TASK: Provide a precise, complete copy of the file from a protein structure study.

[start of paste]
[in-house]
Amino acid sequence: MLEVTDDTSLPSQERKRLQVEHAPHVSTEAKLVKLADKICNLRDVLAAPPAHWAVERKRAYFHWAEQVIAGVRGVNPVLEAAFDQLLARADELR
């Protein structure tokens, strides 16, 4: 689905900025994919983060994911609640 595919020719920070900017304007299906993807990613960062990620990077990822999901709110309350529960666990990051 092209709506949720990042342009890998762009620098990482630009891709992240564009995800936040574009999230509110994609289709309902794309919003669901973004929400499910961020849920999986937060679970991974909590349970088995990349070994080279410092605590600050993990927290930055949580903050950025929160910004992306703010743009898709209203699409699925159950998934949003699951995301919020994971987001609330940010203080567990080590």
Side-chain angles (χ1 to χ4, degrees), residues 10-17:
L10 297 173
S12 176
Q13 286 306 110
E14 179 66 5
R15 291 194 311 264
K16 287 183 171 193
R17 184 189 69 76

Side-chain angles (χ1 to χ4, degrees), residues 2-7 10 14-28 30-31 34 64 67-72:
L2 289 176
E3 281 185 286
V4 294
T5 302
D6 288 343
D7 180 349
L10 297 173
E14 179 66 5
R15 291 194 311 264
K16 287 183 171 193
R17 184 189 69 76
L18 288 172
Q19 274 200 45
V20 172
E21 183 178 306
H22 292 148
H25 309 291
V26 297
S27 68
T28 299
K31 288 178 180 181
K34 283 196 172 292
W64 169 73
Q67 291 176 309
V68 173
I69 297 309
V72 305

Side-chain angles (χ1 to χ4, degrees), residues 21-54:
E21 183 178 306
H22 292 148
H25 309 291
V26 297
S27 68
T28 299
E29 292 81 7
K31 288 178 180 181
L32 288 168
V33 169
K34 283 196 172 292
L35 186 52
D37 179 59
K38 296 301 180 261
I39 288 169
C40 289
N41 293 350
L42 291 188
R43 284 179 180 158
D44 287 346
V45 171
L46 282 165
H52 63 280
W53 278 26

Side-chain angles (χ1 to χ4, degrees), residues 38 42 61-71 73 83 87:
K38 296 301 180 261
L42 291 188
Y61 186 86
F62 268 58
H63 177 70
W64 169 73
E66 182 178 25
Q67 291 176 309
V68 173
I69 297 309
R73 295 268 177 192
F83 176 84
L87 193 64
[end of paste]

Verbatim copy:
[in-house]
Amino acid sequence: MLEVTDDTSLPSQERKRLQVEHAPHVSTEAKLVKLADKICNLRDVLAAPPAHWAVERKRAYFHWAEQVIAGVRGVNPVLEAAFDQLLARADELR
């Protein structure tokens, strides 16, 4: 689905900025994919983060994911609640 595919020719920070900017304007299906993807990613960062990620990077990822999901709110309350529960666990990051 092209709506949720990042342009890998762009620098990482630009891709992240564009995800936040574009999230509110994609289709309902794309919003669901973004929400499910961020849920999986937060679970991974909590349970088995990349070994080279410092605590600050993990927290930055949580903050950025929160910004992306703010743009898709209203699409699925159950998934949003699951995301919020994971987001609330940010203080567990080590």
Side-chain angles (χ1 to χ4, degrees), residues 10-17:
L10 297 173
S12 176
Q13 286 306 110
E14 179 66 5
R15 291 194 311 264
K16 287 183 171 193
R17 184 189 69 76

Side-chain angles (χ1 to χ4, degrees), residues 2-7 10 14-28 30-31 34 64 67-72:
L2 289 176
E3 281 185 286
V4 294
T5 302
D6 288 343
D7 180 349
L10 297 173
E14 179 66 5
R15 291 194 311 264
K16 287 183 171 193
R17 184 189 69 76
L18 288 172
Q19 274 200 45
V20 172
E21 183 178 306
H22 292 148
H25 309 291
V26 297
S27 68
T28 299
K31 288 178 180 181
K34 283 196 172 292
W64 169 73
Q67 291 176 309
V68 173
I69 297 309
V72 305

Side-chain angles (χ1 to χ4, degrees), residues 21-54:
E21 183 178 306
H22 292 148
H25 309 291
V26 297
S27 68
T28 299
E29 292 81 7
K31 288 178 180 181
L32 288 168
V33 169
K34 283 196 172 292
L35 186 52
D37 179 59
K38 296 301 180 261
I39 288 169
C40 289
N41 293 350
L42 291 188
R43 284 179 180 158
D44 287 346
V45 171
L46 282 165
H52 63 280
W53 278 26

Side-chain angles (χ1 to χ4, degrees), residues 38 42 61-71 73 83 87:
K38 296 301 180 261
L42 291 188
Y61 186 86
F62 268 58
H63 177 70
W64 169 73
E66 182 178 25
Q67 291 176 309
V68 173
I69 297 309
R73 295 268 177 192
F83 176 84
L87 193 64